Facing economic uncertainty and environmental deterioration, Chinese officials have been more open to alternative energy and emissions regulation.
In late March, the Chinese government issued a major policy announcement known as “Document 625”. Document 625 focuses on renewable energy; it is meant to increase the amount of energy from wind, solar, hydro, and other renewables used on the power grid after years of under-utilization due to coal getting preferential access. The central feature of Document 625 is a mandate for grid companies requiring that they purchase at least a minimum amount of output from renewable generators. Because of the political power of the coal industry and falling coal prices, larger percentages of wind- and solar-generated electricity failed to reach the grid, a phenomenon called curtailment.
Document 625 introduces several new elements to China’s energy policy including: direct compensation of renewable energy generators for curtailment to be paid by conventional generators, priority access and guaranteed purchases of renewable energy, new renewable energy pilot programs, and a shift in controls from unreliable provincial governments to the central government.
A major problem with such policies is the lack of concern for the underlying causes of past renewable energy curtailment, as well as a lack of explanations for feed-in-tariff mechanisms and sustainable funding for renewable energy. Regardless, the central government is pushing through more progressive policies that are harder for local governments to skirt around.
New guidelines aimed at reducing pollution come at the expense of coal-fired power plants operators that have powered China’s growth for decades. Beijing, in guidelines released on Monday, halted plans for many new coal-fired power stations and postponed construction of a number of approved plants until at least 2018 increasing the possibility of indefinite suspension. The announcement, by the National Development and Reform Commission and the National Energy Administration, will affect about 200 planned coal-fired power generators for 105 GW of power, more than the total electricity-generating capacity of Britain.
China, one of the 175 countries that signed the Paris climate accord, is aiming to reach a peak in carbon emissions by 2030 via investment in wind and solar energy capacity and reduced coal use. Yet China’s power industry local governments push for new power plants to create construction jobs and expand tax bases even as the growth slowdown has reduced electricity demand significantly, meaning many of the power plants would be underused if they were built.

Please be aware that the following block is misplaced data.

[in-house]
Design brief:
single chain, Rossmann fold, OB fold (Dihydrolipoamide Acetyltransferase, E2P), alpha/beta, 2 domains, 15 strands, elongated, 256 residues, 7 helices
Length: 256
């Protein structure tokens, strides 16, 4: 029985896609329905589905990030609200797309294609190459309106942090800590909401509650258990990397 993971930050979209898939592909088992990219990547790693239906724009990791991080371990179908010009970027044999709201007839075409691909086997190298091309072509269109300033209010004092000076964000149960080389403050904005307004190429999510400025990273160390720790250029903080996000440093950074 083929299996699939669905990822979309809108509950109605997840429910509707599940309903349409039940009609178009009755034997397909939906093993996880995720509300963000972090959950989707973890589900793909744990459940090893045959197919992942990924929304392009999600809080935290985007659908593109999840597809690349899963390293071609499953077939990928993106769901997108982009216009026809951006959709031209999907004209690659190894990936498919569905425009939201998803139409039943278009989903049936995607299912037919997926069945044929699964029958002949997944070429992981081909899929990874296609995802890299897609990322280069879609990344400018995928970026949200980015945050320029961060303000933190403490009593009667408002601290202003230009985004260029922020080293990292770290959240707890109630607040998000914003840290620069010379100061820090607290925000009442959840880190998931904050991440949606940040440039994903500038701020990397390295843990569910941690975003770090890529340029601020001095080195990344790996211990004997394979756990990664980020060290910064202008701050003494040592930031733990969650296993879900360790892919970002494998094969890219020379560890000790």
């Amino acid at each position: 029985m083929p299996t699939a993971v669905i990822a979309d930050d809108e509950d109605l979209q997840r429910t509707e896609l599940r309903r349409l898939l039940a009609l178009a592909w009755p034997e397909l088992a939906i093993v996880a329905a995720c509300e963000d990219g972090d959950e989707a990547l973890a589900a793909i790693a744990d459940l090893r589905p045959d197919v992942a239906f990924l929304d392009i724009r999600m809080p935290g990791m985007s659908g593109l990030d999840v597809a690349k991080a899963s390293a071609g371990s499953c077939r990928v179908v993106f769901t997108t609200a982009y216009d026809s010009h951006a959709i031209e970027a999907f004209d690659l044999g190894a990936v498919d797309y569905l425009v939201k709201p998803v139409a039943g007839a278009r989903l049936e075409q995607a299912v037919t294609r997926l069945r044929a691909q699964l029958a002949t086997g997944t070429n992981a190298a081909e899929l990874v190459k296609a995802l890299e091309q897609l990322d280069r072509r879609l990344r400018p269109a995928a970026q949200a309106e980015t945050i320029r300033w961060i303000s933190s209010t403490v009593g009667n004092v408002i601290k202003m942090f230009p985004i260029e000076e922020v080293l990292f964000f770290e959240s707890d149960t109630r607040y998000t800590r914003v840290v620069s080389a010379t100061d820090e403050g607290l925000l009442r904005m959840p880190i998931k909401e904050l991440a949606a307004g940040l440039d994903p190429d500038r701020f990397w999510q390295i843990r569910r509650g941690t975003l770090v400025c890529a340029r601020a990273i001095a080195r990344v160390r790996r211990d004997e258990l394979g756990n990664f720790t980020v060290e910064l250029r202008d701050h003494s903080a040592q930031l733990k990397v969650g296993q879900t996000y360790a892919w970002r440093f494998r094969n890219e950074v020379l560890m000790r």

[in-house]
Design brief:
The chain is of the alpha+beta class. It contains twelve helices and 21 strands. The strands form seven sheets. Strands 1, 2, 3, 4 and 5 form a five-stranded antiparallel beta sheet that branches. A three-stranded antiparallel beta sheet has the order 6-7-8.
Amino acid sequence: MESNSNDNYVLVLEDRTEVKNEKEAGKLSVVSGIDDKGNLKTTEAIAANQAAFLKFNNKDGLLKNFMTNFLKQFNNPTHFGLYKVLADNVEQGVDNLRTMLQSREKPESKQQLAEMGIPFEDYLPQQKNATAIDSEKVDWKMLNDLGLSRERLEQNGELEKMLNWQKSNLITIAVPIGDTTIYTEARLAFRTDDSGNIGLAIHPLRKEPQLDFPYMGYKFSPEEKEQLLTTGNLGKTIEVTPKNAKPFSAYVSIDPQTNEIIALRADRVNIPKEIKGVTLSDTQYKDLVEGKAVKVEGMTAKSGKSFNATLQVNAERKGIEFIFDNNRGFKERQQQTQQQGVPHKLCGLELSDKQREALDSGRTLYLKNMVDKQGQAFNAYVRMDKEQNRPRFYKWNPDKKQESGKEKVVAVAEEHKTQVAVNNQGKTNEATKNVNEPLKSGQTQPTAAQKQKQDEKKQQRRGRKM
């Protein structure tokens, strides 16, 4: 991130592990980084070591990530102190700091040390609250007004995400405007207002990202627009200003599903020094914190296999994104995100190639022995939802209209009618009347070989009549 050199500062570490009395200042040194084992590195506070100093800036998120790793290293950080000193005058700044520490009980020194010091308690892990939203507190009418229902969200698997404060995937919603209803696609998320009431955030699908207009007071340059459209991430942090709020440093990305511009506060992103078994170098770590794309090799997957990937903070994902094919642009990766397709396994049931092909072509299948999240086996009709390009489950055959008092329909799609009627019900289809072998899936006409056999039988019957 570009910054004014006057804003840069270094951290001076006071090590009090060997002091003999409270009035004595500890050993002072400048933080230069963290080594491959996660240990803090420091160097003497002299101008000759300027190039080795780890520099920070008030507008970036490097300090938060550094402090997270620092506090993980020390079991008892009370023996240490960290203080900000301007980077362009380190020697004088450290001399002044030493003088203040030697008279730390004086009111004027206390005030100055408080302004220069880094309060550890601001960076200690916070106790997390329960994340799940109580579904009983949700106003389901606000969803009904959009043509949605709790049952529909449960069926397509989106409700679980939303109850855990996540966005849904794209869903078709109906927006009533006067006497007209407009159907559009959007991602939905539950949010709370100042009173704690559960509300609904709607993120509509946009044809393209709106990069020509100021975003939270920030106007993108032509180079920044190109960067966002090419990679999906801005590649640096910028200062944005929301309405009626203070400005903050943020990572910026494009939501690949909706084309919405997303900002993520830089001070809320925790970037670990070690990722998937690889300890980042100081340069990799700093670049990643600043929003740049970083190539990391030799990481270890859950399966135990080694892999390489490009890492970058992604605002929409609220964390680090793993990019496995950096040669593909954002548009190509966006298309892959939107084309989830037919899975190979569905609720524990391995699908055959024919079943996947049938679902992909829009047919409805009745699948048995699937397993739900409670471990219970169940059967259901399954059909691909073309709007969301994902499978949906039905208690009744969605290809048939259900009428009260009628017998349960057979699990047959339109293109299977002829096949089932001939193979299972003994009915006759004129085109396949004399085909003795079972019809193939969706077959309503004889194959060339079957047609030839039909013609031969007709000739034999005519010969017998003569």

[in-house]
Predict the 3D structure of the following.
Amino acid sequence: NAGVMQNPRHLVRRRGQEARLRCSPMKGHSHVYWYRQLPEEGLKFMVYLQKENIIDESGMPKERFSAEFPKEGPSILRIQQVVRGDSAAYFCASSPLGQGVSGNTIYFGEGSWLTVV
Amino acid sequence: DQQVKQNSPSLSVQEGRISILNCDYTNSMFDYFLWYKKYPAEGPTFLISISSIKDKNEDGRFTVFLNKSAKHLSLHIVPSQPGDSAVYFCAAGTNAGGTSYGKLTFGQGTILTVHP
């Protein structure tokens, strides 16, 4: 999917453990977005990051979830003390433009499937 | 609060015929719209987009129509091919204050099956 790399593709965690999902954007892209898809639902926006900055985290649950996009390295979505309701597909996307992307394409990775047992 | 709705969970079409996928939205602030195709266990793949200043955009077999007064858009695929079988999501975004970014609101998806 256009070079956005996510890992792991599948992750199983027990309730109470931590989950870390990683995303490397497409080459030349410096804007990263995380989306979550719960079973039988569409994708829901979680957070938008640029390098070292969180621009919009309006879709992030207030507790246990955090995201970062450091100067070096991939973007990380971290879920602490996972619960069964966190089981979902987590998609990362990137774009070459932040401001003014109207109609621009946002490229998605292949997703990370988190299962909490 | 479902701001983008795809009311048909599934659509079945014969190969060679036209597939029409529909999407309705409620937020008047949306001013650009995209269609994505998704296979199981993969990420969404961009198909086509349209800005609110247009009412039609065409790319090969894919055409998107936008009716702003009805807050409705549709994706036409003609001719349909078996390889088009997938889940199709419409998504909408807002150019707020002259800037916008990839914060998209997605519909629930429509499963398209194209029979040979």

Compared to the United States, where more coal-fired capacity is retired each year than is planned to come online for the foreseeable future, China’s energy sector is much less responsive to market signals about coal’s dim future. In China, coal prices dropping mean bigger profits for state-owned electricity generators when highly regulated electricity prices are constant.
Solar capacity in the nation has soared more than sevenfold since 2012, while wind has almost doubled exacerbating the conflict between easy money fossil fuels and meeting renewable energy targets. The idle rate was 15% for wind turbines last year and about 31% for photovoltaics in the northwestern province of Gansu, according to data from the National Energy Administration.
State Grid Corp. of China, which manages the electricity grid, has blamed a lack of planning for limitations on the amount of power renewable energy generators can sell. “Neither the technology the grid uses nor the availability of investment funds were problems,” Chairman Liu Zhenya said.
Despite laws prohibiting curtailment, fossil fuel power plants in practice “have priority over renewables, leaving less room for solar and wind power in a country with a large overcapacity of coal-fired power,” according to WRI. “There is also a lack of clarity on how the renewable energy integration mandate should be enforced.”
“For the first time, the management rules stipulate that renewable energy power plants be compensated by fossil fuel plants that squeeze out their share of guaranteed purchase, making it costly for fossil fuel plants to generate electricity that should have come from renewable sources,” said WRI.